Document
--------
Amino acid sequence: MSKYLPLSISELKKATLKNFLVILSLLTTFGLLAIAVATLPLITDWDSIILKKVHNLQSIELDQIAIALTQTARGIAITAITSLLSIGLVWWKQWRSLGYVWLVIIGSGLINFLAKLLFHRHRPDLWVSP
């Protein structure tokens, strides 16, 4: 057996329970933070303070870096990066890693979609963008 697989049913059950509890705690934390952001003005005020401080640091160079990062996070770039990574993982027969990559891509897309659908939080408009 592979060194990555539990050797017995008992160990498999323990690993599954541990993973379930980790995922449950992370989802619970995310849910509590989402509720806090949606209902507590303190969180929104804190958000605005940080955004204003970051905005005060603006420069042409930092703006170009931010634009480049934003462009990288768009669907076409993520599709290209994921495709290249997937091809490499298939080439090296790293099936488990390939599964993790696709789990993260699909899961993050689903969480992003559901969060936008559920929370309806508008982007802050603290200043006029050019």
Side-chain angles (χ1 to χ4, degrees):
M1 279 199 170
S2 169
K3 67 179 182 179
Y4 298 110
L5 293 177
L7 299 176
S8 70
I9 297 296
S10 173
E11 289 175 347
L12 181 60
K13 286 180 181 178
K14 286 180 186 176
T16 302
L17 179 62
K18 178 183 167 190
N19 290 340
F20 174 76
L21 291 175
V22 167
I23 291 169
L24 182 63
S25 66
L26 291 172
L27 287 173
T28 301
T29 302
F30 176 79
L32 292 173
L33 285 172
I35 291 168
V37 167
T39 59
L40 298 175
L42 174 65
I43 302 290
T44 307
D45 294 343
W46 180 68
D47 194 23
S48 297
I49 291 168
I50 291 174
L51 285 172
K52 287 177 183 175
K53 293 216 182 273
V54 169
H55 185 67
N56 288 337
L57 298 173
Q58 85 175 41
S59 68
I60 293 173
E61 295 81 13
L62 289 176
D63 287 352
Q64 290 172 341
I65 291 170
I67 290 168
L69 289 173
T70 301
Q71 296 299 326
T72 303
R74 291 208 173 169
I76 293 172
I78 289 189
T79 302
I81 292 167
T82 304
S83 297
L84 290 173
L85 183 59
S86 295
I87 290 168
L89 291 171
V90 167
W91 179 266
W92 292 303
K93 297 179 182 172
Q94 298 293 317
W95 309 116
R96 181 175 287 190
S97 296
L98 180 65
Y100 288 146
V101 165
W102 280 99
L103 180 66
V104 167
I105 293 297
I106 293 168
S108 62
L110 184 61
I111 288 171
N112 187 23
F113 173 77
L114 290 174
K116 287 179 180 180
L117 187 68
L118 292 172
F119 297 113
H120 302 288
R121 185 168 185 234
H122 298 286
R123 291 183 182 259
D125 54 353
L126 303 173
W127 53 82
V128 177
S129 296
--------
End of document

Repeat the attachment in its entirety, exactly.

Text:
Amino acid sequence: MSKYLPLSISELKKATLKNFLVILSLLTTFGLLAIAVATLPLITDWDSIILKKVHNLQSIELDQIAIALTQTARGIAITAITSLLSIGLVWWKQWRSLGYVWLVIIGSGLINFLAKLLFHRHRPDLWVSP
């Protein structure tokens, strides 16, 4: 057996329970933070303070870096990066890693979609963008 697989049913059950509890705690934390952001003005005020401080640091160079990062996070770039990574993982027969990559891509897309659908939080408009 592979060194990555539990050797017995008992160990498999323990690993599954541990993973379930980790995922449950992370989802619970995310849910509590989402509720806090949606209902507590303190969180929104804190958000605005940080955004204003970051905005005060603006420069042409930092703006170009931010634009480049934003462009990288768009669907076409993520599709290209994921495709290249997937091809490499298939080439090296790293099936488990390939599964993790696709789990993260699909899961993050689903969480992003559901969060936008559920929370309806508008982007802050603290200043006029050019």
Side-chain angles (χ1 to χ4, degrees):
M1 279 199 170
S2 169
K3 67 179 182 179
Y4 298 110
L5 293 177
L7 299 176
S8 70
I9 297 296
S10 173
E11 289 175 347
L12 181 60
K13 286 180 181 178
K14 286 180 186 176
T16 302
L17 179 62
K18 178 183 167 190
N19 290 340
F20 174 76
L21 291 175
V22 167
I23 291 169
L24 182 63
S25 66
L26 291 172
L27 287 173
T28 301
T29 302
F30 176 79
L32 292 173
L33 285 172
I35 291 168
V37 167
T39 59
L40 298 175
L42 174 65
I43 302 290
T44 307
D45 294 343
W46 180 68
D47 194 23
S48 297
I49 291 168
I50 291 174
L51 285 172
K52 287 177 183 175
K53 293 216 182 273
V54 169
H55 185 67
N56 288 337
L57 298 173
Q58 85 175 41
S59 68
I60 293 173
E61 295 81 13
L62 289 176
D63 287 352
Q64 290 172 341
I65 291 170
I67 290 168
L69 289 173
T70 301
Q71 296 299 326
T72 303
R74 291 208 173 169
I76 293 172
I78 289 189
T79 302
I81 292 167
T82 304
S83 297
L84 290 173
L85 183 59
S86 295
I87 290 168
L89 291 171
V90 167
W91 179 266
W92 292 303
K93 297 179 182 172
Q94 298 293 317
W95 309 116
R96 181 175 287 190
S97 296
L98 180 65
Y100 288 146
V101 165
W102 280 99
L103 180 66
V104 167
I105 293 297
I106 293 168
S108 62
L110 184 61
I111 288 171
N112 187 23
F113 173 77
L114 290 174
K116 287 179 180 180
L117 187 68
L118 292 172
F119 297 113
H120 302 288
R121 185 168 185 234
H122 298 286
R123 291 183 182 259
D125 54 353
L126 303 173
W127 53 82
V128 177
S129 296